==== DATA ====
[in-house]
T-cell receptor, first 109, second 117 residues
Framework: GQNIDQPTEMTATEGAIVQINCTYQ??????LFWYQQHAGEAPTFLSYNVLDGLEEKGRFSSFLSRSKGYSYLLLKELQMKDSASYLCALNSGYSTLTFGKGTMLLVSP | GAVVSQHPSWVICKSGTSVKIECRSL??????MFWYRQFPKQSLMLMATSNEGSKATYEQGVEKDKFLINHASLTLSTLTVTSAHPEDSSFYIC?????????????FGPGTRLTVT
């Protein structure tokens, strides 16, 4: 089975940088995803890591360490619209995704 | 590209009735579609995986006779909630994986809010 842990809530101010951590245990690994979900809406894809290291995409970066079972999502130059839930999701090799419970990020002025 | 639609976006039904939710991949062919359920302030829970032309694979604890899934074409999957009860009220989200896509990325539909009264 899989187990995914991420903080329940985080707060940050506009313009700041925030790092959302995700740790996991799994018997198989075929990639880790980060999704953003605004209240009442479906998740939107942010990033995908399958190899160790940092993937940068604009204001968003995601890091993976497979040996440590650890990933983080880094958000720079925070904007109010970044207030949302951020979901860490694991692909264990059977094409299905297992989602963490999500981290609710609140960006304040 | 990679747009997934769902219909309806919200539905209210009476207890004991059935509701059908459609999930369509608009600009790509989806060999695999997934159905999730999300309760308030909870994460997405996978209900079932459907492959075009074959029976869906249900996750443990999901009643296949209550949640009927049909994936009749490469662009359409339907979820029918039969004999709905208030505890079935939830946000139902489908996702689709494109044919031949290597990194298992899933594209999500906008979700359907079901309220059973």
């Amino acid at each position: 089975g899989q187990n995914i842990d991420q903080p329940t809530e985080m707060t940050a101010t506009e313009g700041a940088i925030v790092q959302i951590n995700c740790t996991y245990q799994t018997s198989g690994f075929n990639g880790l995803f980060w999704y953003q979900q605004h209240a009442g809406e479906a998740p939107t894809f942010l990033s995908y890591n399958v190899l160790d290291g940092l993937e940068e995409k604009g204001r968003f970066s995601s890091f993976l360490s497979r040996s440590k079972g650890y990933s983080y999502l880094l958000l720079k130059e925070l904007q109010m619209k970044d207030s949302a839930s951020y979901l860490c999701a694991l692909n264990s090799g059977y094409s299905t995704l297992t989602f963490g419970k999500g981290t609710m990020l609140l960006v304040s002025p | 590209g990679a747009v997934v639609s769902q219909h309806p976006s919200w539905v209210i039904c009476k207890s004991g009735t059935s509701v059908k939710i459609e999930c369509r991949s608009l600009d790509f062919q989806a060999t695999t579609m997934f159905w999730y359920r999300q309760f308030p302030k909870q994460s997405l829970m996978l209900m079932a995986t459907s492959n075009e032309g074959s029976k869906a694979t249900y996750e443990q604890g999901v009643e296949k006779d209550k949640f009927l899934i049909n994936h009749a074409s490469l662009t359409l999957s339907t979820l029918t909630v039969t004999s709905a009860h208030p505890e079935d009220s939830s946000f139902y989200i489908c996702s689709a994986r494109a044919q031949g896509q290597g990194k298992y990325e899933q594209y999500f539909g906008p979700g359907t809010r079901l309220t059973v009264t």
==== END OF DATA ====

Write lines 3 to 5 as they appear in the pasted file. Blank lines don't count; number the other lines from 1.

Framework: GQNIDQPTEMTATEGAIVQINCTYQ??????LFWYQQHAGEAPTFLSYNVLDGLEEKGRFSSFLSRSKGYSYLLLKELQMKDSASYLCALNSGYSTLTFGKGTMLLVSP | GAVVSQHPSWVICKSGTSVKIECRSL??????MFWYRQFPKQSLMLMATSNEGSKATYEQGVEKDKFLINHASLTLSTLTVTSAHPEDSSFYIC?????????????FGPGTRLTVT
């Protein structure tokens, strides 16, 4: 089975940088995803890591360490619209995704 | 590209009735579609995986006779909630994986809010 842990809530101010951590245990690994979900809406894809290291995409970066079972999502130059839930999701090799419970990020002025 | 639609976006039904939710991949062919359920302030829970032309694979604890899934074409999957009860009220989200896509990325539909009264 899989187990995914991420903080329940985080707060940050506009313009700041925030790092959302995700740790996991799994018997198989075929990639880790980060999704953003605004209240009442479906998740939107942010990033995908399958190899160790940092993937940068604009204001968003995601890091993976497979040996440590650890990933983080880094958000720079925070904007109010970044207030949302951020979901860490694991692909264990059977094409299905297992989602963490999500981290609710609140960006304040 | 990679747009997934769902219909309806919200539905209210009476207890004991059935509701059908459609999930369509608009600009790509989806060999695999997934159905999730999300309760308030909870994460997405996978209900079932459907492959075009074959029976869906249900996750443990999901009643296949209550949640009927049909994936009749490469662009359409339907979820029918039969004999709905208030505890079935939830946000139902489908996702689709494109044919031949290597990194298992899933594209999500906008979700359907079901309220059973």
């Amino acid at each position: 089975g899989q187990n995914i842990d991420q903080p329940t809530e985080m707060t940050a101010t506009e313009g700041a940088i925030v790092q959302i951590n995700c740790t996991y245990q799994t018997s198989g690994f075929n990639g880790l995803f980060w999704y953003q979900q605004h209240a009442g809406e479906a998740p939107t894809f942010l990033s995908y890591n399958v190899l160790d290291g940092l993937e940068e995409k604009g204001r968003f970066s995601s890091f993976l360490s497979r040996s440590k079972g650890y990933s983080y999502l880094l958000l720079k130059e925070l904007q109010m619209k970044d207030s949302a839930s951020y979901l860490c999701a694991l692909n264990s090799g059977y094409s299905t995704l297992t989602f963490g419970k999500g981290t609710m990020l609140l960006v304040s002025p | 590209g990679a747009v997934v639609s769902q219909h309806p976006s919200w539905v209210i039904c009476k207890s004991g009735t059935s509701v059908k939710i459609e999930c369509r991949s608009l600009d790509f062919q989806a060999t695999t579609m997934f159905w999730y359920r999300q309760f308030p302030k909870q994460s997405l829970m996978l209900m079932a995986t459907s492959n075009e032309g074959s029976k869906a694979t249900y996750e443990q604890g999901v009643e296949k006779d209550k949640f009927l899934i049909n994936h009749a074409s490469l662009t359409l999957s339907t979820l029918t909630v039969t004999s709905a009860h208030p505890e079935d009220s939830s946000f139902y989200i489908c996702s689709a994986r494109a044919q031949g896509q290597g990194k298992y990325e899933q594209y999500f539909g906008p979700g359907t809010r079901l309220t059973v009264t």